Lindt: consumer sentiment buttresses top-end confectionery sales

By Lynda Searby

- Last updated on GMT

Related tags Chocolate maker lindt Profit Lindt & sprüngli Switzerland Lindt

Despite volatile cocoa prices, fragile consumer confidence and retail price pressure, positive first-half results posted by Swiss chocolate maker Lindt & Sprüngli point to a high level of resilience at the premium end of the confectionery category.

Whereas most chocolate markets recorded modest value growth of around three per cent and negligible volume growth during the first half of 2011, Lindt reported profits up by almost a third and organic sales growth of 6.1 per cent versus the same reporting period last year, and battled a strong Swiss franc into the bargain.

Net profit rose 29.4 per cent to CHF32.1m in the first half, on sales of just over CHF1bn.

Lindt reported that particularly good progress was made in Germany, France and Italy, as well as by Lindt and Ghirardelli in North America.

“Germany is our most important European market, followed by France and Italy,”​ spokeswoman Sylvia Kälina told “Consumer sentiment was still positive in the early half which has led to a very good Easter business in these very important countries. Moreover, this year’s Easter term was late which had an additional positive impact on Easter sales.”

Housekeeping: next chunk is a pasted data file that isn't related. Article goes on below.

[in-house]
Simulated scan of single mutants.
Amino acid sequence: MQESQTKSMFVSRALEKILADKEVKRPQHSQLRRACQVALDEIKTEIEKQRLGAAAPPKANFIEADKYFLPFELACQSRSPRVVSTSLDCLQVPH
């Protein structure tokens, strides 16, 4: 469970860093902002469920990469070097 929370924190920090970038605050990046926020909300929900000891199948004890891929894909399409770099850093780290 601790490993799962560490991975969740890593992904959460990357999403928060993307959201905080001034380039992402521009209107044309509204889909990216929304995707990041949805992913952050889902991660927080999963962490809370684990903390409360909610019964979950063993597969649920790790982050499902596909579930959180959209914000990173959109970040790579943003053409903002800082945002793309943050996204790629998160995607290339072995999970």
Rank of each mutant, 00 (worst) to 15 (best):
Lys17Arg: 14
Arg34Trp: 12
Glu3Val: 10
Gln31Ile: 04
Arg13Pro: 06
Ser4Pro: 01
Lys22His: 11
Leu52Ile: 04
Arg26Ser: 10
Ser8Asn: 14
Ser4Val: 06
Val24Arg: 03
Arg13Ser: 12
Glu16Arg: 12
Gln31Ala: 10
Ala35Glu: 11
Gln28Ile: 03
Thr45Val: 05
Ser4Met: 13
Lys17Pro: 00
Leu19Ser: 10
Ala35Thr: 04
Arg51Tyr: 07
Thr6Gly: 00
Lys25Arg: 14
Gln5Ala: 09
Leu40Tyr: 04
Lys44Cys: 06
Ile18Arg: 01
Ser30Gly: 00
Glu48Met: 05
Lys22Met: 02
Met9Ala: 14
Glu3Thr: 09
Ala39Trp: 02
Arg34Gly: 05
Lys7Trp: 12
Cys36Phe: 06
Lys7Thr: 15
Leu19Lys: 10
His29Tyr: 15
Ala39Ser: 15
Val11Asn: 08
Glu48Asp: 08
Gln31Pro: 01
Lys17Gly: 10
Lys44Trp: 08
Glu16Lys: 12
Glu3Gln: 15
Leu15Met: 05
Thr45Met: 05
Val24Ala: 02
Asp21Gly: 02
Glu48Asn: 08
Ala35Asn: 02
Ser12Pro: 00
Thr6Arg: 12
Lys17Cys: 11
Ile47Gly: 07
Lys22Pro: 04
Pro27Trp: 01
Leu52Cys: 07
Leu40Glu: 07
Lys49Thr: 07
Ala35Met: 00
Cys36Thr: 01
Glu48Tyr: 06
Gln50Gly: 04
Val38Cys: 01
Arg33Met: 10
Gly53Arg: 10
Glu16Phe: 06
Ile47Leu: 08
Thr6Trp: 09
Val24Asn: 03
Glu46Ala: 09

Profiting from a premium positioning

She added that the brand’s premium image played a role in this performance.

“The Lindt brand has very high awareness and is strongly positioned as a premium brand in these countries.”

Only the UK subsidiary failed to meet expectations, which Lindt attributed to the ‘especially difficult economic climate’.

To maintain its top-end positioning, Lindt has had to stand firm in the face of intensifying price pressure.

“The spread of discount chains means competition is increasingly price-focused. As a consequence of this, manufacturers are more and more under pressure in terms of the conditions imposed by their trade partners. The market is becoming dominated by increasingly aggressive promotional activities. In line with the consistent positioning of Lindt as a premium brand, the company is firmly adhering to its existing pricing policy and is only involved in such activities to a very limited extent,” ​said the company in a statement.

But sticking to its premium guns is clearly a strategy that has reaped dividends - the chocolate maker is on target to achieve its full-year forecast of 6-8 per cent organic sales growth and an increase in operating profit margin of 20-40 basis points.

Moving into emerging markets

International expansion will also be crucial to realising its growth aspirations. The company established a subsidiary in Japan last year, and in South Africa this year, and told it has other markets in its sights.

“We plan to go into new emerging markets ie China, Russia, Brazil or India. All these countries are emerging markets with fast economical growth and an ever growing middle class which is likely to be reached by our premium chocolates,” ​said Kälina.

She said the company also plans to extend its network of Lindt Chocolate cafés. “This concept, which proved to be very successful in Australia, is very much qualified to build brand awareness in countries without a traditional chocolate culture.”

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